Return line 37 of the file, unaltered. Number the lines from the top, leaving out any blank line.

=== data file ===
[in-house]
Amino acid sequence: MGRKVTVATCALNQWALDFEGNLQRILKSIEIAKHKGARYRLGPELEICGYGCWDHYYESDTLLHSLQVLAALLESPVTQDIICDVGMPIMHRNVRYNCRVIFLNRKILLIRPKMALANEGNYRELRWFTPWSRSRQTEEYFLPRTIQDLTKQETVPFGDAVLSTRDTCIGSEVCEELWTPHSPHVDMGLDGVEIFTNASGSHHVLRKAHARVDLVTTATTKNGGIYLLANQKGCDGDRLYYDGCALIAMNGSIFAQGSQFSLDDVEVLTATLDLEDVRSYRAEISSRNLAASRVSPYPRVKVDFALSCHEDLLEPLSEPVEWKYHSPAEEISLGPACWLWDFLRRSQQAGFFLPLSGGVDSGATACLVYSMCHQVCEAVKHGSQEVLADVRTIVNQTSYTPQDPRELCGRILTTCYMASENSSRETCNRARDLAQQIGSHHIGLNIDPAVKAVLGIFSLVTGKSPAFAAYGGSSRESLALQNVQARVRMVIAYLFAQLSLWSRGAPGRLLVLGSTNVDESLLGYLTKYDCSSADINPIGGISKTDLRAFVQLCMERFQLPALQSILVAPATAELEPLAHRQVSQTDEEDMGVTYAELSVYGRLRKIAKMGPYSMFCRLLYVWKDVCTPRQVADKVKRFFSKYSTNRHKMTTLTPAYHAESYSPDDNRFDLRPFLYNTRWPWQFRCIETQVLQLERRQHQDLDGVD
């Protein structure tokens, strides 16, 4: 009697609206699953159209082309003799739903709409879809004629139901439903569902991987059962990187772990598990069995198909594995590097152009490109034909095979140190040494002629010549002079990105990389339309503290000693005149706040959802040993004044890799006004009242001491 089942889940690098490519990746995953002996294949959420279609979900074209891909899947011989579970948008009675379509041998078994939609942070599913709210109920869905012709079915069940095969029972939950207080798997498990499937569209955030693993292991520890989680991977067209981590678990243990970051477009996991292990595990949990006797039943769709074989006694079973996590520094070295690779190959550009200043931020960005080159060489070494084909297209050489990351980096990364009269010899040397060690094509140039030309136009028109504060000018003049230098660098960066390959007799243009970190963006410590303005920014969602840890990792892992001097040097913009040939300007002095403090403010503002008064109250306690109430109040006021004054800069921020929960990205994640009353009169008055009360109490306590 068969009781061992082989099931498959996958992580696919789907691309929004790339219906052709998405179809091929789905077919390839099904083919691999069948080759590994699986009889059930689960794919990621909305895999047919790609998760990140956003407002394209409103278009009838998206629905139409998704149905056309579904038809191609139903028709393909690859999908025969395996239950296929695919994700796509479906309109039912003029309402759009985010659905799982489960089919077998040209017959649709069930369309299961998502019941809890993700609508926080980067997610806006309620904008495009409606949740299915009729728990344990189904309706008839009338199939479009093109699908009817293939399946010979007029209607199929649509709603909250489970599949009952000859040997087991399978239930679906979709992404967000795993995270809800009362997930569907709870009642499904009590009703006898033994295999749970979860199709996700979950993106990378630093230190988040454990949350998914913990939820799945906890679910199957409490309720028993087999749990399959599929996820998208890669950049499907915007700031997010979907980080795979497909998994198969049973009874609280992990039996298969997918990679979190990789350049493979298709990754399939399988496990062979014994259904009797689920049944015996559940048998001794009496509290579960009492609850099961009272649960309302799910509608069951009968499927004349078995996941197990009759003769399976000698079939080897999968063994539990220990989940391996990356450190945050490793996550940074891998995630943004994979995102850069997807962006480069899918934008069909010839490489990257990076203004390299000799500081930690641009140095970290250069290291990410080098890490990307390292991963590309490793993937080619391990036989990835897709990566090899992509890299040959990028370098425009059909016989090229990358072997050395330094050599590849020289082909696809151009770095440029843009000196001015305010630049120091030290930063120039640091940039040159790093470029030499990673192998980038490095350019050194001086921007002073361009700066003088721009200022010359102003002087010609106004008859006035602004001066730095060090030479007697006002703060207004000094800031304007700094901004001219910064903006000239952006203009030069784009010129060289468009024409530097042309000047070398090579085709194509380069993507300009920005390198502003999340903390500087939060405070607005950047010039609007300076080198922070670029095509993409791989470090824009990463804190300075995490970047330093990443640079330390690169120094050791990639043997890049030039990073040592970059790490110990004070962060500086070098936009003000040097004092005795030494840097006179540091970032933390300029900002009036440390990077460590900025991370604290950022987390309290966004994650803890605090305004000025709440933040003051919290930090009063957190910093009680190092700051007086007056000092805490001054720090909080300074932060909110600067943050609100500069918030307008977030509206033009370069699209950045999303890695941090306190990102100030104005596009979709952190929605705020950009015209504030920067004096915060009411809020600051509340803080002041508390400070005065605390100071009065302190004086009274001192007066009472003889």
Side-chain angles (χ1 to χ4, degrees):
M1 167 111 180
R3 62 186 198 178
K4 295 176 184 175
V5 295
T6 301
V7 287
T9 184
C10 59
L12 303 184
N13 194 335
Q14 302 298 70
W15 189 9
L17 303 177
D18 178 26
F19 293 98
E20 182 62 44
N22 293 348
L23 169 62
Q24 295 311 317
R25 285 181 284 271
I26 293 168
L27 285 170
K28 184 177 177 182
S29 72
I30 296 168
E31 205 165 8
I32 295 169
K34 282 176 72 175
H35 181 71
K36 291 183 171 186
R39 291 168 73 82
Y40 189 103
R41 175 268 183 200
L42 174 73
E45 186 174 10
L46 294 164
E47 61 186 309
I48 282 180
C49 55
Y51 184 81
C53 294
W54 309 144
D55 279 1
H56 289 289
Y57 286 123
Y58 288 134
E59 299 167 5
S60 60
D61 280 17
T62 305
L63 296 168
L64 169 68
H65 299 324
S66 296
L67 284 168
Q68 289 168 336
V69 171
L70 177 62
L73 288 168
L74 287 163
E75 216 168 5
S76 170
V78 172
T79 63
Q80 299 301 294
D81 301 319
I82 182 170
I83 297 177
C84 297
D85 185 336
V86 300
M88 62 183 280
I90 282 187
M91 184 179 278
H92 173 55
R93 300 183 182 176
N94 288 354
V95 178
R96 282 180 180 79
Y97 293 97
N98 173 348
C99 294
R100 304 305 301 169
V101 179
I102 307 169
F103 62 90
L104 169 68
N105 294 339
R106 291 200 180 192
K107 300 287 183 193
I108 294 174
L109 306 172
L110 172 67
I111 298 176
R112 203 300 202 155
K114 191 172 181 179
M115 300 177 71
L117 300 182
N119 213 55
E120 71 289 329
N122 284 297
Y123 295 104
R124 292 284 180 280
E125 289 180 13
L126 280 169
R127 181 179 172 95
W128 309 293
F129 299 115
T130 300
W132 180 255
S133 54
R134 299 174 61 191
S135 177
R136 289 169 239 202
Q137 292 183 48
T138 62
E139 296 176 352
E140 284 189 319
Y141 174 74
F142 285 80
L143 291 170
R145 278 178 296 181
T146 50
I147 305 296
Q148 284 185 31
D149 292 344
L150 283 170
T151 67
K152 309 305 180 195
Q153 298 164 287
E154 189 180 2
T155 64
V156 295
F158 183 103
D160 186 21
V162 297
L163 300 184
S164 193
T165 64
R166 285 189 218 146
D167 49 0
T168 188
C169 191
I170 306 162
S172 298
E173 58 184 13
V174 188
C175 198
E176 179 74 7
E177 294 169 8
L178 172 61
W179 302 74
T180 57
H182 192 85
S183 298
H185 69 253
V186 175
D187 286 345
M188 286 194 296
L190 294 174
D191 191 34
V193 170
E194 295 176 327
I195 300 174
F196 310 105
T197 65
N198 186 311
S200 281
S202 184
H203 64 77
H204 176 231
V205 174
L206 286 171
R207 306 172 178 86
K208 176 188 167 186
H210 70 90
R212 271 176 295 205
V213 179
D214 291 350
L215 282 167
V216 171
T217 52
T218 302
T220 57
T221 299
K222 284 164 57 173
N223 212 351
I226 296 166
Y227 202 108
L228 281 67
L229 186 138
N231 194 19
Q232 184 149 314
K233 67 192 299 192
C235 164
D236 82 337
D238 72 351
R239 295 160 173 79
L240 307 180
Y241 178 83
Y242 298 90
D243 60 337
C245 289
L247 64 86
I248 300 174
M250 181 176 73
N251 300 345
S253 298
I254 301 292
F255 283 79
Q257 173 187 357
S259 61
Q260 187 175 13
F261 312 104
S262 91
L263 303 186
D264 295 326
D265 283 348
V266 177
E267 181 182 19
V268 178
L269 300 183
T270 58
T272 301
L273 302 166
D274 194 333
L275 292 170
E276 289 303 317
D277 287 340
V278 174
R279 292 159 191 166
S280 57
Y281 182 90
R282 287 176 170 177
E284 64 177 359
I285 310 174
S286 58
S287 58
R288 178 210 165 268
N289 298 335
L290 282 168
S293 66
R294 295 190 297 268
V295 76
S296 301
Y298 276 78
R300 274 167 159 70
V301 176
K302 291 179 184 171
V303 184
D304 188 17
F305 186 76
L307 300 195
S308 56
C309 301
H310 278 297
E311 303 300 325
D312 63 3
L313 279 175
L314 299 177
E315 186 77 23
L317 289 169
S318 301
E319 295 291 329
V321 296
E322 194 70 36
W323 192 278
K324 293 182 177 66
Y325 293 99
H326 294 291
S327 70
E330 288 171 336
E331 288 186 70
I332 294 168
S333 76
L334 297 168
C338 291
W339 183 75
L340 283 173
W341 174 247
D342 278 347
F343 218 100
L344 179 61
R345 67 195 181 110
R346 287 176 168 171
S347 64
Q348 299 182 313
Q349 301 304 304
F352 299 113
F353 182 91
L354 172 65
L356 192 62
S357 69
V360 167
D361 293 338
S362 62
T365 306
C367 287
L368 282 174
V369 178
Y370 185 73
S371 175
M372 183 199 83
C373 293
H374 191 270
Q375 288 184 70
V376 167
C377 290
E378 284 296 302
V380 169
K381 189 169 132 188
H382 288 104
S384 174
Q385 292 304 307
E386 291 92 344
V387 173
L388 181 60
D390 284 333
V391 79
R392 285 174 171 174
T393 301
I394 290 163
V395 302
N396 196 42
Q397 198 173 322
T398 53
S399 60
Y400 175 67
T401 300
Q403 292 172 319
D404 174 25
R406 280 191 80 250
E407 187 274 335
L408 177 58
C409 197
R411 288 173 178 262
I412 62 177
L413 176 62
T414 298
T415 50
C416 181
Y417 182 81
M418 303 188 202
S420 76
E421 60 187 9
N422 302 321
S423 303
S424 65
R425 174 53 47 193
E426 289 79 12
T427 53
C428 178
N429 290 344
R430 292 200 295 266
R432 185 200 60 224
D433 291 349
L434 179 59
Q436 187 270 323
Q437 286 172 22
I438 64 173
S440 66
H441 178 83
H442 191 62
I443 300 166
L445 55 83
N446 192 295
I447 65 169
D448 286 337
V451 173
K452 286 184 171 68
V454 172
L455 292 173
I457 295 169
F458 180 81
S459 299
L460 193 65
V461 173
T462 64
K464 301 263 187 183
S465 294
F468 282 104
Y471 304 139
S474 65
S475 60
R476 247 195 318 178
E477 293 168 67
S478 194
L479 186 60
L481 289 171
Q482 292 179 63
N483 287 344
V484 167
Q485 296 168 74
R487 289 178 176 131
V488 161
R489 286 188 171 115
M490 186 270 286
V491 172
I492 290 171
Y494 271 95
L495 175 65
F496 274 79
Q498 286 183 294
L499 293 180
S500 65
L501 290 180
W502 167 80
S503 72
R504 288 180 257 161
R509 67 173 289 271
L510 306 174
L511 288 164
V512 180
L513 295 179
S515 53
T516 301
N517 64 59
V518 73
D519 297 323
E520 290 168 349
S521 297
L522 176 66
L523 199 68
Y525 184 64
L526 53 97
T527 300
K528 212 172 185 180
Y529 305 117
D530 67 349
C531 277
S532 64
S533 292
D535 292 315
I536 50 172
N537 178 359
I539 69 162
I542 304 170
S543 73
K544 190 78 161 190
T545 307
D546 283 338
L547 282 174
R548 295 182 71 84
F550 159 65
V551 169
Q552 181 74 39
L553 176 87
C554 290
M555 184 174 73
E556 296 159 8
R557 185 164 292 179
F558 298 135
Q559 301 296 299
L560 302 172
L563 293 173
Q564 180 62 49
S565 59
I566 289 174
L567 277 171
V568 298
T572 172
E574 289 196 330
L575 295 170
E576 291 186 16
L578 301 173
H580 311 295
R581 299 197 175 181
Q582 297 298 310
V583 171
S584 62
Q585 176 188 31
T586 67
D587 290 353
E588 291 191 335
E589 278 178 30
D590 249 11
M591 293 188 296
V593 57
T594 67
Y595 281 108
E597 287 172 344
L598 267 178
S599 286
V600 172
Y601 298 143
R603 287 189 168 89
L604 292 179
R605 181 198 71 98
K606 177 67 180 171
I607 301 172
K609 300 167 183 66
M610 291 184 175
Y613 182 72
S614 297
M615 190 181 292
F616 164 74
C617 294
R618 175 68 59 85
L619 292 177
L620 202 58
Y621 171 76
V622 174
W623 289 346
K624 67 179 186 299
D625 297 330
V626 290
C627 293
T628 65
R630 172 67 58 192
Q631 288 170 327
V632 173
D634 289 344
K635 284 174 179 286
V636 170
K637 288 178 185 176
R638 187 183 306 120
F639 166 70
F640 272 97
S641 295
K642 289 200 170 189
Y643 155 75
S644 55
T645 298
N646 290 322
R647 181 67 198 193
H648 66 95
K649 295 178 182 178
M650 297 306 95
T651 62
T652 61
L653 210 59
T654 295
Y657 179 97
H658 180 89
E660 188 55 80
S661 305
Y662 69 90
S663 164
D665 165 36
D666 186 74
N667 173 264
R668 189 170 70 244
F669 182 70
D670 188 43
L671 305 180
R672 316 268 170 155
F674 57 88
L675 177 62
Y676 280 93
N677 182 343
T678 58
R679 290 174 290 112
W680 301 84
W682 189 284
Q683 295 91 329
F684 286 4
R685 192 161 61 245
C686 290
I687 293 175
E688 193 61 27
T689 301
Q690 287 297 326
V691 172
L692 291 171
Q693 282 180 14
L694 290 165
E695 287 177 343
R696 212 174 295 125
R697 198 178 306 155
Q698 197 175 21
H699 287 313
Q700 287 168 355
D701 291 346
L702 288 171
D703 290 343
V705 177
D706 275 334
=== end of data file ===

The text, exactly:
R41 175 268 183 200